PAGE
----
SUCCESS IN ONLINE FARMING



   

The La Spinas find success in the country by combining farming with an online importing business.

Having grown up on a wheat, sheep and cattle farm in north-eastern Victoria, Kim La Spina says she was well acquainted with the vicissitudes of life on the land and always vowed she would never marry a farmer. In her wildest dreams she imagined owning a shop.

Instead, she followed her passion for merchandise and sales to Melbourne, where she built a career in retail, married and had sons Jake, who is now 18 and Christopher, 15. But you never know what’s around the corner and, with her marriage over in 2000, Kim came home to live with her parents in Wangaratta.

“I was pretty much resigned to being a single mother for the rest of my life,” she recalls. “But then I reconnected with Joe, whom I’d known from growing up in the district, though we’d moved in different circles.”

The couple married in 2004. Son Sam, who is now six, came along and Kim found herself very much the farmer’s wife, on Joe’s family’s former tobacco farm, which is now devoted to growing capsicum and kiwifruit. Then in 2010 the farm was devastated by not one flood, but two in rapid succession, and the La Spinas’ entire capsicum crop, not to mention the year’s income, was washed away with the swirling waters of the Ovens River.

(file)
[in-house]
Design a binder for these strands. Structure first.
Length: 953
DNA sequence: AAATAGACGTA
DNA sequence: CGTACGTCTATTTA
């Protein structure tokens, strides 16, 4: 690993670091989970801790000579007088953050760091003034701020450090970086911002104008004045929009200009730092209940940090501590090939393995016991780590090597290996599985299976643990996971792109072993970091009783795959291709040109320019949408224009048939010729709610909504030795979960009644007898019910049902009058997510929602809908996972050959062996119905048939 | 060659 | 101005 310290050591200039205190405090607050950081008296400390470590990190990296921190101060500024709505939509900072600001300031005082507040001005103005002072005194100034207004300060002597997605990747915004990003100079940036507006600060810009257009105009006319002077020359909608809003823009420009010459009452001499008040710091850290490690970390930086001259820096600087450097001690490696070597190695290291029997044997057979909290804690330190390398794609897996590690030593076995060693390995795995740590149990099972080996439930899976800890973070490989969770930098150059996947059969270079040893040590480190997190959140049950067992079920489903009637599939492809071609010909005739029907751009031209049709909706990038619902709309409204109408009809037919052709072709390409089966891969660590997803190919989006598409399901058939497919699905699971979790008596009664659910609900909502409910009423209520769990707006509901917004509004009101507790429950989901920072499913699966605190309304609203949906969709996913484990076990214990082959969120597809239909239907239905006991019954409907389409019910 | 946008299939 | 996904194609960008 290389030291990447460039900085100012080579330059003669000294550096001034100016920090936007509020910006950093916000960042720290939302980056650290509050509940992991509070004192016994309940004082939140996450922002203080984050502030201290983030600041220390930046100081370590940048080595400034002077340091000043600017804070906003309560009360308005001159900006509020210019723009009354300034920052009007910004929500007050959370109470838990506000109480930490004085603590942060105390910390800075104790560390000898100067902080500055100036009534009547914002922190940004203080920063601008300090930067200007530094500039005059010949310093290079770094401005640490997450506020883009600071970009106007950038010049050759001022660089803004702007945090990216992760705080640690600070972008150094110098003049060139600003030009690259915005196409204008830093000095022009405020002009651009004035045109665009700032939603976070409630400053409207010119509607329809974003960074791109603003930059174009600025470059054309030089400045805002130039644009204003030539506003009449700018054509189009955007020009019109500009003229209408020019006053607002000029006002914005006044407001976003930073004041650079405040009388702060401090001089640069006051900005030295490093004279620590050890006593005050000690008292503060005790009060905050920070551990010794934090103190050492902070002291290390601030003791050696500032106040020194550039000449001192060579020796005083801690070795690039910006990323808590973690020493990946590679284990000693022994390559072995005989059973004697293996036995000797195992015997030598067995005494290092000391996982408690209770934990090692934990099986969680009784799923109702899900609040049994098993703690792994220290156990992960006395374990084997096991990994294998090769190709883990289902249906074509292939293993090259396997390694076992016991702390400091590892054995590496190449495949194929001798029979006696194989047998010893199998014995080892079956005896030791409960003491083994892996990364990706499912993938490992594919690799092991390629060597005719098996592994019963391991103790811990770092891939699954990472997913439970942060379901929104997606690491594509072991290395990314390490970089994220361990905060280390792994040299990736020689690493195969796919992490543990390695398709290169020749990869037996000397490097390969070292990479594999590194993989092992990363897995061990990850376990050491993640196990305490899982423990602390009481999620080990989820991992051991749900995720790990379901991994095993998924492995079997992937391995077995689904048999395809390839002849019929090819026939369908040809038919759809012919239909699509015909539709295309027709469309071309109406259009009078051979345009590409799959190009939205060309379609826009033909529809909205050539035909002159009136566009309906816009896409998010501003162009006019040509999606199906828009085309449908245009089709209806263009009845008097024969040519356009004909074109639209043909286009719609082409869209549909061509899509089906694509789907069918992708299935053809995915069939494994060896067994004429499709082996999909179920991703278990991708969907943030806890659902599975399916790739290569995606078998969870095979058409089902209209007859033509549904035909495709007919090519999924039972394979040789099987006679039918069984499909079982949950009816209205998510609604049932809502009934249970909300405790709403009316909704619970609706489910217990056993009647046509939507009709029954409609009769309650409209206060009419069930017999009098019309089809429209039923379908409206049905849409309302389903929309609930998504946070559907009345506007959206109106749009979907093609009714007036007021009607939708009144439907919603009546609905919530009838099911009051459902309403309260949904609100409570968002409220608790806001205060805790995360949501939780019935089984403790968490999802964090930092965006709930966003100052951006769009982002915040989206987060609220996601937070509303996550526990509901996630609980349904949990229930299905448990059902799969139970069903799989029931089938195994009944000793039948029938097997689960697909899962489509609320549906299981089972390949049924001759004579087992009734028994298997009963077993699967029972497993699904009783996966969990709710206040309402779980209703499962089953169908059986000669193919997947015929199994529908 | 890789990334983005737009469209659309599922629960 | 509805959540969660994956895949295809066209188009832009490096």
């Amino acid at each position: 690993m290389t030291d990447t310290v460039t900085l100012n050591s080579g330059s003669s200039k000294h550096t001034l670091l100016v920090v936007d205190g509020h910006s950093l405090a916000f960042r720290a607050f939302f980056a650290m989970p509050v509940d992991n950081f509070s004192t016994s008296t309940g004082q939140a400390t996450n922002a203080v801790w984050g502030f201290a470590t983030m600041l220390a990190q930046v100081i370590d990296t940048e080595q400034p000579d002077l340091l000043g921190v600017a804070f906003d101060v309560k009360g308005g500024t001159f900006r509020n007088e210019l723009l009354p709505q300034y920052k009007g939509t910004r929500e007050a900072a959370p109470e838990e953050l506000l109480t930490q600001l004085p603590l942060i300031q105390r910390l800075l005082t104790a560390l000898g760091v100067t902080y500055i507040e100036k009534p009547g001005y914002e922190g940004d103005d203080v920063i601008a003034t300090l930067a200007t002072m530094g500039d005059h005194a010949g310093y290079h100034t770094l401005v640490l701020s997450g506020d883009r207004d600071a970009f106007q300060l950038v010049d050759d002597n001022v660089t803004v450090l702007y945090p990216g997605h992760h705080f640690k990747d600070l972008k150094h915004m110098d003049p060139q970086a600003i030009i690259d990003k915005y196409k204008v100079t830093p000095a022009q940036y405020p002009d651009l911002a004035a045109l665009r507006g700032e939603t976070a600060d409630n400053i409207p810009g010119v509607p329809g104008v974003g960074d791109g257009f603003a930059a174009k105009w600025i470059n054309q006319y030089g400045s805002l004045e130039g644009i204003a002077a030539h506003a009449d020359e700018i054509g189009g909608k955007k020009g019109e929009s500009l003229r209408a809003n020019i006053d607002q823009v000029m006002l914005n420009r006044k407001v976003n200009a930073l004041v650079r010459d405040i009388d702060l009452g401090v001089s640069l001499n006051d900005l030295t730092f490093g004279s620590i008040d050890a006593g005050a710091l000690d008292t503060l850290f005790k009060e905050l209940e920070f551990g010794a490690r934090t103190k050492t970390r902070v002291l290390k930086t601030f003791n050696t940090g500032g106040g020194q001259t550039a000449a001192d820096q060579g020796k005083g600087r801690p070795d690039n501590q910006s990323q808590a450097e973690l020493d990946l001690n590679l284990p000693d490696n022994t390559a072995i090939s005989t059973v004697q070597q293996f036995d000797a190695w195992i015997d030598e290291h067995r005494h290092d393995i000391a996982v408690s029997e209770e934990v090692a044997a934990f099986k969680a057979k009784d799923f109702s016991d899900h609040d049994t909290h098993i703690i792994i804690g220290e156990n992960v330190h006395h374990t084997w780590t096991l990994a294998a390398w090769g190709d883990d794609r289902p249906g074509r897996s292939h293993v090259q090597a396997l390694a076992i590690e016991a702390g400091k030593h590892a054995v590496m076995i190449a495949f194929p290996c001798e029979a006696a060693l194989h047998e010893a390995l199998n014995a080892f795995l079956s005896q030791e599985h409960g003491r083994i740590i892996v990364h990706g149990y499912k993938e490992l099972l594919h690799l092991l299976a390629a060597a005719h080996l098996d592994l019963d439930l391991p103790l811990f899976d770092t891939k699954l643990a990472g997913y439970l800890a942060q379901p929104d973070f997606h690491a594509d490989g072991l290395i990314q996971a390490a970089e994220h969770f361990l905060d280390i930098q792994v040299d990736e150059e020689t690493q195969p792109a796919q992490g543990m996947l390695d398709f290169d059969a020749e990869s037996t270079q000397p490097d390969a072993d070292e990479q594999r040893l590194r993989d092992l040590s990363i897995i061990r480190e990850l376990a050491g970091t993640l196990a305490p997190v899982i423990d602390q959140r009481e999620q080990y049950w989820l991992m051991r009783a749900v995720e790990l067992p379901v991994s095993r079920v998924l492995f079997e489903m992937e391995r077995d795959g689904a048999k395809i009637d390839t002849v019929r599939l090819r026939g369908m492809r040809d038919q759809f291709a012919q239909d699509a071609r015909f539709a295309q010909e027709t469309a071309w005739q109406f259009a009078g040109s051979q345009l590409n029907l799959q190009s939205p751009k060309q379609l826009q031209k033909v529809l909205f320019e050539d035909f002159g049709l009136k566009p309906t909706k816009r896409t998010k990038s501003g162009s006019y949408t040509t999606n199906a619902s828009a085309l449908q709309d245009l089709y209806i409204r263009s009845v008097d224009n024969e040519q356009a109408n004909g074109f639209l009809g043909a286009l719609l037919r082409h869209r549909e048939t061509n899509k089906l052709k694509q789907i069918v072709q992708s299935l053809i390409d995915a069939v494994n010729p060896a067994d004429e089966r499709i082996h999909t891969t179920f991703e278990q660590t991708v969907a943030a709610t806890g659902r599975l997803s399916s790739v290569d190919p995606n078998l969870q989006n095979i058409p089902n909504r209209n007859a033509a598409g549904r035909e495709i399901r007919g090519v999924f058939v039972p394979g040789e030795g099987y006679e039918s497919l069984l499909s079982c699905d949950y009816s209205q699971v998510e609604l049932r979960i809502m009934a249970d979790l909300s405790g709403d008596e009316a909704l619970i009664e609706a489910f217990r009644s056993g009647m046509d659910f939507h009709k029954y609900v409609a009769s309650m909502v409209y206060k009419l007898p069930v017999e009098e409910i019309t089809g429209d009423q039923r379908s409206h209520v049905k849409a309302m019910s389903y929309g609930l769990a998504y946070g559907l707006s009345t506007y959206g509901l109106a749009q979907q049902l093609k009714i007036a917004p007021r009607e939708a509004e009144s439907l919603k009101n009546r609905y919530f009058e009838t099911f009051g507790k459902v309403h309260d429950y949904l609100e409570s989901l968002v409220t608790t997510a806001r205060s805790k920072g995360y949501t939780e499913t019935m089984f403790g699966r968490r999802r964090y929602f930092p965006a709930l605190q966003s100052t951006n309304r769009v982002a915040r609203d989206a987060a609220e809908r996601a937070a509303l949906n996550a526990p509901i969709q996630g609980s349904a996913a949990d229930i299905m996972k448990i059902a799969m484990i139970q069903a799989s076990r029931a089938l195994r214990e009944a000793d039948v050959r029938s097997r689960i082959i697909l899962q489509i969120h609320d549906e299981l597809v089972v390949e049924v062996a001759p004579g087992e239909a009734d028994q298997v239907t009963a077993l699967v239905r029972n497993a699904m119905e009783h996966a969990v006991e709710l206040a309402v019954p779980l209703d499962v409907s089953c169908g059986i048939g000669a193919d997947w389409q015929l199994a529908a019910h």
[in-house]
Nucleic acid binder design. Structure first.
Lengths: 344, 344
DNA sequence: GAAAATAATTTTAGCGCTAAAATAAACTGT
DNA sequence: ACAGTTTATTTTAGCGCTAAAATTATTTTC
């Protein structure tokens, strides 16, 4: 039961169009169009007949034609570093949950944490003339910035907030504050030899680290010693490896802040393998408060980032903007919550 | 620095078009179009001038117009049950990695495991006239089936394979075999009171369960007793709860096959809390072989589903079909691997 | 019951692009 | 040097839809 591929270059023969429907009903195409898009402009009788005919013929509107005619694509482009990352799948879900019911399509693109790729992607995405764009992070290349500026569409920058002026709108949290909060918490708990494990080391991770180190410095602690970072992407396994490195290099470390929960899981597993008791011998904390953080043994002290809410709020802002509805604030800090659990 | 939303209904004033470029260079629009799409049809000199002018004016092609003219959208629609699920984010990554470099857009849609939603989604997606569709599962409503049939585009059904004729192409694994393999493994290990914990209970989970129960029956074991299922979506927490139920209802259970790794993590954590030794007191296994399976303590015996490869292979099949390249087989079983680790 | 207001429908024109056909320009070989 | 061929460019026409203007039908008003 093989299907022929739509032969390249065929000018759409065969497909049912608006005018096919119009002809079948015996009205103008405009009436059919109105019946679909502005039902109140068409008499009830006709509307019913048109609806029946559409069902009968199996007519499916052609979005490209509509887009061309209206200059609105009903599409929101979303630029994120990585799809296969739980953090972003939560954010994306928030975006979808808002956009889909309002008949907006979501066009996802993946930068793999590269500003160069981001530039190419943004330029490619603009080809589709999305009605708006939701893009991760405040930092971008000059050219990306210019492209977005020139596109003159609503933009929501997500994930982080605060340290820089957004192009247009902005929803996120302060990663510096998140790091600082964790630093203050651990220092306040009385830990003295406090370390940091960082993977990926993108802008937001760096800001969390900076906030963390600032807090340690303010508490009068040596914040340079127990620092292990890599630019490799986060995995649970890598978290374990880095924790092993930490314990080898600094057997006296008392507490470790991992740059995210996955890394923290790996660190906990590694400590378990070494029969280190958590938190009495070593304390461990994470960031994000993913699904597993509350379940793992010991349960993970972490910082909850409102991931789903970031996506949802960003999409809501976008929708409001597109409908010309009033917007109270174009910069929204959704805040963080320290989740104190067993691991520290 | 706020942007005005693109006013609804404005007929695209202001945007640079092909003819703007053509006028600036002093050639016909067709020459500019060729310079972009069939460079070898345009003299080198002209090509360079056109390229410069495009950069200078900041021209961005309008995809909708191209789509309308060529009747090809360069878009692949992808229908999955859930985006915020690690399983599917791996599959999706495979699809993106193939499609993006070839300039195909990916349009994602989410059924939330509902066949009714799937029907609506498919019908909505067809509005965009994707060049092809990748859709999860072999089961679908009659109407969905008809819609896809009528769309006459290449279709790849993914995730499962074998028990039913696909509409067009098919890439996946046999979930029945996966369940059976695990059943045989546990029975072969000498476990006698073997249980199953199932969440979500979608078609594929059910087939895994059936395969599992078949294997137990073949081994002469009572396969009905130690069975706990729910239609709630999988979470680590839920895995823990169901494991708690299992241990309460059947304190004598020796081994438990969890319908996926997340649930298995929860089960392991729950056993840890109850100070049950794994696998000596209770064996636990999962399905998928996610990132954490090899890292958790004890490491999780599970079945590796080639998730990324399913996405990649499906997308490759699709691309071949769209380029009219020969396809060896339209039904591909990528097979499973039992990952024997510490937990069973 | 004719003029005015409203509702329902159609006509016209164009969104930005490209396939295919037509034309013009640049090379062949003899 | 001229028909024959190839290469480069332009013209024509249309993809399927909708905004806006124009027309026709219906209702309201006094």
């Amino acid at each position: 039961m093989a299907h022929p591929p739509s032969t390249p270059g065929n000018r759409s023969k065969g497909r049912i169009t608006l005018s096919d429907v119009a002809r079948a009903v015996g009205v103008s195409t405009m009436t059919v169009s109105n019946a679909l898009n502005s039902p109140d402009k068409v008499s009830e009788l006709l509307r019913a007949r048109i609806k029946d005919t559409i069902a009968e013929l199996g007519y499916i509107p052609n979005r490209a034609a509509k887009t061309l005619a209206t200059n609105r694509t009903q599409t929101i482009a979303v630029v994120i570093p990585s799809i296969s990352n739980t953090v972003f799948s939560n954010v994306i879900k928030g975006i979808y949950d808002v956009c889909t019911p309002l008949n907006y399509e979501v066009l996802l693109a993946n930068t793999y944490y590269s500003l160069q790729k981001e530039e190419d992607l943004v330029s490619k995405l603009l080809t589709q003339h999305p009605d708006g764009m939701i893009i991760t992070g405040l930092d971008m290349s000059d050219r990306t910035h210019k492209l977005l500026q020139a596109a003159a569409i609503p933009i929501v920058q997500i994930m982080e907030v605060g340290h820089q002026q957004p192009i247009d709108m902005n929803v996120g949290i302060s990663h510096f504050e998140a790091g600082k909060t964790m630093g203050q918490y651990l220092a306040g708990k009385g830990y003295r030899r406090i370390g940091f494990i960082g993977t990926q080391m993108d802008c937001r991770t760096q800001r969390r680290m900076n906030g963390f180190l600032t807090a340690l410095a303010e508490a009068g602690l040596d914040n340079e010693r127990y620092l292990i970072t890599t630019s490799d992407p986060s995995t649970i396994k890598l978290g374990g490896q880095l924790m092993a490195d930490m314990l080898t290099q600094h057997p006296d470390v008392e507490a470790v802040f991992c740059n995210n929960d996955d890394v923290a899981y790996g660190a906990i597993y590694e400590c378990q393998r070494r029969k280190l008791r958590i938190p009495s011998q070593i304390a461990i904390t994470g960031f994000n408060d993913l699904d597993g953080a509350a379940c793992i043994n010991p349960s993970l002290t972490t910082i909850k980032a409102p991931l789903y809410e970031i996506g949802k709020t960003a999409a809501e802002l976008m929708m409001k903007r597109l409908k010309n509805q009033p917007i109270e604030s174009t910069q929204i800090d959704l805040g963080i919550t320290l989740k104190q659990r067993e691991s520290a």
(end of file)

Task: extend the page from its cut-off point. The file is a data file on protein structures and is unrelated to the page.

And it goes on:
“With bushfire, drought, floods and frost, mother nature has a lot of control,” Kim says. “It’s not just the immediate income you lose in a natural disaster, it’s all the stuff you lose along with it, the fences and the equipment. It takes a lot more than one good year to recover from that kind of damage.”

As Kim puts it, it wasn’t exactly rocket science to work out that some form of diversification that wasn’t farm-based might be a good adjunct to their business to, in some way, offset or mitigate against future rural setbacks. So in 2011 she became the owner of Vivian Grace, a fine-linen-importing business that specialises in the most exquisite natural linen and embroidered quilts, sheets and table cloths, cushions and throws as well as sleepwear and scarves. Most of the stock comes from India, where Kim is a regular visitor for buying trips.

This story was originally published in the May 2014 issue of Australian Country magazine. Subscribe to the magazine here.

Click here for more farm life stories.

Words Kirsty McKenzie
Photography Ken Brass

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